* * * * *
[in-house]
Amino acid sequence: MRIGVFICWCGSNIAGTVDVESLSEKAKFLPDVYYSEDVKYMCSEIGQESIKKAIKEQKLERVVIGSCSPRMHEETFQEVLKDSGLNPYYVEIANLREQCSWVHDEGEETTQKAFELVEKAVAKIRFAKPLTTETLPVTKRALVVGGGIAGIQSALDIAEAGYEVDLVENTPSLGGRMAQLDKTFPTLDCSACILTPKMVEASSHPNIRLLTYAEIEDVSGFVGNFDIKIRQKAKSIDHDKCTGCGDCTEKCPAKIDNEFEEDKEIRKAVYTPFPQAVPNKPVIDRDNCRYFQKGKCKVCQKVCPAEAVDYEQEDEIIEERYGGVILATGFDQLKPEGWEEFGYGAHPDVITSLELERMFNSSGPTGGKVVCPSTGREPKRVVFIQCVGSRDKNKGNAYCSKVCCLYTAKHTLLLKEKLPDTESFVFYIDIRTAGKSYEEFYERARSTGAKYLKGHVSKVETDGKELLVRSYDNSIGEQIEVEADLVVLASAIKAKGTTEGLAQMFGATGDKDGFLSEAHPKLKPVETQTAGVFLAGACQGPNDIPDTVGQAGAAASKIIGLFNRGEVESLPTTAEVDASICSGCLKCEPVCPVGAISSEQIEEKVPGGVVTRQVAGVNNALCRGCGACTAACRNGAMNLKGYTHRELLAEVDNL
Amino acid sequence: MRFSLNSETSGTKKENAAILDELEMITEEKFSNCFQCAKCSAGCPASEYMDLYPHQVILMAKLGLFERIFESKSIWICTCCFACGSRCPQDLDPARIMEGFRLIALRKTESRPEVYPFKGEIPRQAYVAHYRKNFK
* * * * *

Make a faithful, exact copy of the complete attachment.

[in-house]
Amino acid sequence: MRIGVFICWCGSNIAGTVDVESLSEKAKFLPDVYYSEDVKYMCSEIGQESIKKAIKEQKLERVVIGSCSPRMHEETFQEVLKDSGLNPYYVEIANLREQCSWVHDEGEETTQKAFELVEKAVAKIRFAKPLTTETLPVTKRALVVGGGIAGIQSALDIAEAGYEVDLVENTPSLGGRMAQLDKTFPTLDCSACILTPKMVEASSHPNIRLLTYAEIEDVSGFVGNFDIKIRQKAKSIDHDKCTGCGDCTEKCPAKIDNEFEEDKEIRKAVYTPFPQAVPNKPVIDRDNCRYFQKGKCKVCQKVCPAEAVDYEQEDEIIEERYGGVILATGFDQLKPEGWEEFGYGAHPDVITSLELERMFNSSGPTGGKVVCPSTGREPKRVVFIQCVGSRDKNKGNAYCSKVCCLYTAKHTLLLKEKLPDTESFVFYIDIRTAGKSYEEFYERARSTGAKYLKGHVSKVETDGKELLVRSYDNSIGEQIEVEADLVVLASAIKAKGTTEGLAQMFGATGDKDGFLSEAHPKLKPVETQTAGVFLAGACQGPNDIPDTVGQAGAAASKIIGLFNRGEVESLPTTAEVDASICSGCLKCEPVCPVGAISSEQIEEKVPGGVVTRQVAGVNNALCRGCGACTAACRNGAMNLKGYTHRELLAEVDNL
Amino acid sequence: MRFSLNSETSGTKKENAAILDELEMITEEKFSNCFQCAKCSAGCPASEYMDLYPHQVILMAKLGLFERIFESKSIWICTCCFACGSRCPQDLDPARIMEGFRLIALRKTESRPEVYPFKGEIPRQAYVAHYRKNFK